(CNSNews.com) - While President Bush is looking for signs of success in Iraq, congressional Democrats -- and even some Republicans -- this week were seeing mostly failures.
"The last of the reinforcements arrived in Iraq earlier this month -- and the full surge has begun," President Bush said Thursday in a speech at the Naval War College in Newport, R.I.
"And there are hopeful signs, the president added.
For example, Bush mentioned the recent killing of two senior al Qaeda leaders north of Baghdad; a decline in sectarian murders in Baghdad; a drop in car bombings and suicide attacks; the accelerated discovery of arms caches; and more Iraqis who are coming forward with information on the whereabouts of terrorists.
He also mentioned that coalition forces are going into areas such as Anbar and Ramadi "where they couldn't operate before," and they're driving al Qaeda out of those areas.
"On the ground, our forces can see the difference the surge is making." Bush said. He quoted General Petraeus as describing "astonishing signs of normalcy" in Baghdad.
Bush said General David Petraeus is executing a "well-conceived plan," developed by "smart military people," adding that Americans "owe them" the time and support the military needs to succeed.
While the President expressed frustration with the slow-pace of Iraq's parliament in passing key "benchmark" legislation, he also made a point of describing the difficulty of Iraq's situation.
"[In] a democracy, the head of government just can't decree the outcome...Even in a long-established democracy, it's not easy to pass important pieces of legislation in a short period of time. We're asking the Iraqis to accomplish all these things at a time when their country is being attacked," he said.
But members of Congress are growing increasingly impatient.
The House Foreign Affairs Committee heard testimony Wednesday critical of what the Bush administration has called its "new way forward in Iraq."
Rep. Tom Lantos (D-Calif.), who chairs the panel, called for a "sober assessment" of the troop surge and the situation in Iraq. He also described President Bush's new strategy as "a categorical, catastrophic...[and] abject failure." The administration's policy objectives in Iraq are "plainly delusional," Lantos said.
Lantos' comments follow what some war critics described as a "turning point" in the war - a speech Monday by Sen. Richard Lugar, who said it's time to start pulling U.S. troops out of Iraq.
"In my judgment, the costs and risks of continuing down the current path outweigh the potential benefits that might be achieved," said Lugar, who normally toes the Republican line. "Persisting indefinitely with the surge strategy will delay policy adjustments that have a better chance of protecting our vital interests over the long term."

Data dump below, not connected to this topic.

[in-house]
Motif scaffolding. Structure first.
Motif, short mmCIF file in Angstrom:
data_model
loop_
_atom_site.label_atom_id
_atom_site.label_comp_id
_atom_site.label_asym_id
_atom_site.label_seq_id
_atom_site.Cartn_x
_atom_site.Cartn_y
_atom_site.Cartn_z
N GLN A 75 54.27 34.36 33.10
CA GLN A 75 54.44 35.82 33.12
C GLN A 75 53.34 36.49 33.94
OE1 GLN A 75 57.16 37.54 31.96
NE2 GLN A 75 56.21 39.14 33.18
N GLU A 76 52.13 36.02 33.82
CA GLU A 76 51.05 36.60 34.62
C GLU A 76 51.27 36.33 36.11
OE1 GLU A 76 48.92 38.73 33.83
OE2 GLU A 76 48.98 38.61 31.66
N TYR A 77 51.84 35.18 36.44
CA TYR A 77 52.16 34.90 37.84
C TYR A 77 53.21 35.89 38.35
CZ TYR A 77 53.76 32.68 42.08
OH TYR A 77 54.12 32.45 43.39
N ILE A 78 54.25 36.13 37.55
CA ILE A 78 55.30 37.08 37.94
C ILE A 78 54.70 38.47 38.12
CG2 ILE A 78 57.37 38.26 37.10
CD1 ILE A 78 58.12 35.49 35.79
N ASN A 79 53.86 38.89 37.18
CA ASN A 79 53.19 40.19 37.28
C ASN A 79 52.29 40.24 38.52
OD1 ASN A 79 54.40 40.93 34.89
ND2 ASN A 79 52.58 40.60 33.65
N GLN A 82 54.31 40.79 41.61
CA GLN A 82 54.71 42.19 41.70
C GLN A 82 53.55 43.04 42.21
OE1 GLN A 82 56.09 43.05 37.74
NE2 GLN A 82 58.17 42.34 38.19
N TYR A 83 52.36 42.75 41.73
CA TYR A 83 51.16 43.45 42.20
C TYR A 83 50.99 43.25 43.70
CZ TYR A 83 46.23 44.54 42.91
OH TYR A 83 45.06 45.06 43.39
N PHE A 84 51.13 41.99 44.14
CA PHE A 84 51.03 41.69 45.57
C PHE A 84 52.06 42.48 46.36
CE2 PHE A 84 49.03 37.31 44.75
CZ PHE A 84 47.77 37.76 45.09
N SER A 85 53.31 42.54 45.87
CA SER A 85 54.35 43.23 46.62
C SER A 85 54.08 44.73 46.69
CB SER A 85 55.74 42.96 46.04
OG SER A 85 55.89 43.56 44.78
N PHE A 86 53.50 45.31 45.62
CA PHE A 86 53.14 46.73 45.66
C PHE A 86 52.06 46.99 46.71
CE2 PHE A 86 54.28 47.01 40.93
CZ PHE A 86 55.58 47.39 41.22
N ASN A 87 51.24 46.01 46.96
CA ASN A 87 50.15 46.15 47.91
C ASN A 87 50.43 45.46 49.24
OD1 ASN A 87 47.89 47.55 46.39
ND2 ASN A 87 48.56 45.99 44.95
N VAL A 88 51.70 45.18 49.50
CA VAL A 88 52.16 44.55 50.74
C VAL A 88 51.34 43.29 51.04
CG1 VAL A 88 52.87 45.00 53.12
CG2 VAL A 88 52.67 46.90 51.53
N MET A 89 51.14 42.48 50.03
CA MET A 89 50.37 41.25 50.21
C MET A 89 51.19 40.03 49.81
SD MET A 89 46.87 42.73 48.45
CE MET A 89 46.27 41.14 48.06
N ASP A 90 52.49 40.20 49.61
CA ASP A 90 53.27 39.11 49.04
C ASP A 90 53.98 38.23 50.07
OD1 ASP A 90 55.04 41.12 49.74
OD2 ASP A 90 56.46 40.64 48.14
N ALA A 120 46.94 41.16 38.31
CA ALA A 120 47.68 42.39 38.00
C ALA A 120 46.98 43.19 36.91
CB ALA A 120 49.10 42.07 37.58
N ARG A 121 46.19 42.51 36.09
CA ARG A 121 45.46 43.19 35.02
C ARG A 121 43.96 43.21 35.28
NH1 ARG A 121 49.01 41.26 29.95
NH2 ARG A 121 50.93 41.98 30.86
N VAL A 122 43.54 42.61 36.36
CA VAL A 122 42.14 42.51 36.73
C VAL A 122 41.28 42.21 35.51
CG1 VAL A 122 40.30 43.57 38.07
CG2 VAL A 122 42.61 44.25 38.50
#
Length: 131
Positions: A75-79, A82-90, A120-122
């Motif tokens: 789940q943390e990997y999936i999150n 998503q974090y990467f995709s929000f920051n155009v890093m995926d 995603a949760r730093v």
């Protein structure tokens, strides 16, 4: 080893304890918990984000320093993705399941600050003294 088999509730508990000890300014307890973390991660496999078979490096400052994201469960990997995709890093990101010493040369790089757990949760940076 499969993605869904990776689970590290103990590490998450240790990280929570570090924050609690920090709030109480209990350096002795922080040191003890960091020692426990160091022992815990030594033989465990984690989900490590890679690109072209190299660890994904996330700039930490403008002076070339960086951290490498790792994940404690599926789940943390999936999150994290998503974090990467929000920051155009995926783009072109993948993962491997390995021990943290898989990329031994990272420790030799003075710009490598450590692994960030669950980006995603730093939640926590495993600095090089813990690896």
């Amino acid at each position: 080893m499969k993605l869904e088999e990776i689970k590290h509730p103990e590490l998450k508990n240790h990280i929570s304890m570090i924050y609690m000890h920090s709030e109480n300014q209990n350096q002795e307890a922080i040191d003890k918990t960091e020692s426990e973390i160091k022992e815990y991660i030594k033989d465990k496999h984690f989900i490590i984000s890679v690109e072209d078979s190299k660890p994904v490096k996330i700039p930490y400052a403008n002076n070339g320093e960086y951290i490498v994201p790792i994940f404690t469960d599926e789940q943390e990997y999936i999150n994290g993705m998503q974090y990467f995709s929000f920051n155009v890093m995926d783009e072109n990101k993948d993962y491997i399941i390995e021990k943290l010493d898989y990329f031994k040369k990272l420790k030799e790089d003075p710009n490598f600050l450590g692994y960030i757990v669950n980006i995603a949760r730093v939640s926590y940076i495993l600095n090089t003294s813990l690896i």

One day later, on Tuesday, Sen. George Voinovich, a Republican from Ohio, also called for the U.S. to start pulling out its troops. Press reports were quick to seize on the idea that the two Republican had turned against Bush's war strategy.
Retired Major General John Batiste, who helped plan the Iraq war and later criticized Defense Secretary Don Rumsfeld's wartime leadership, testified before Lantos' committee on Wednesday. He agreed that "the current 'surge' in Iraq is too little, too late," and "lacks strategic focus."
Batiste also criticized the administration's broader efforts, saying, "Our Army and Marine Corps are at a breaking point with little to show for it...our nation has yet to mobilize to defeat a very serious threat which has little to do with Iraq, and it is past time to refocus our national security strategy and begin the deliberate withdrawal of U.S. forces from Iraq."
Batiste called the Bush administration's goal of establishing freedom and democracy in the Middle East "noble, but completely unrealistic.
"Democracy is inconsistent with the tribal and religious culture in the region," he said.
Frederick Kagan, a scholar at the American Enterprise Institute whose report "Choosing Victory: A Plan for Success in Iraq" served as the basis of the new counterinsurgency strategy, gave a cautiously positive evaluation of the surge in his testimony before Lantos' committee.
"It is now beyond question that the Bush administration pursued a flawed approach to the war in Iraq from 2003 to 2007," Kagan said. But "to say that the current plan has failed is simply incorrect....Indications on the military side strongly suggest that success -- in the form of dramatically reduced violence by the end of this year -- is quite likely."
Kagan said it would be a "very grave error indeed to rush now to abandon the first strategy that offers some real prospect for success."
Kagan added that though President Bush announced his new strategy in January of this year, and reinforcement brigades began arriving in Iraq over the winter and spring, the operations that are designed to clear out insurgent activity in Baghdad have not yet begun in earnest.
Kagan testified that "a successful clear-and-hold operation...will probably begin in late July or early August within Baghdad itself." He said that operation will be the one to bring lasting security to Iraq's capital -- creating "the space for political progress that we all desire."
John Pike, director of GlobalSecurity.org, told Cybercast News Service that although it's too soon to call the troop surge strategy a failure, it's also "too soon to call the surge a success."
He also criticized the idea of withdrawing troops because of the possibility that such a scenario would result in "genocidal civil war...fueled internally by the competition for control of oil, and drawing in neighboring countries."
General David Petraeus, head of the multi-national forces in Iraq, will give a comprehensive review of the war effort in September, and his findings are expected to determine whether the United States begins to withdraw forces from the nation.
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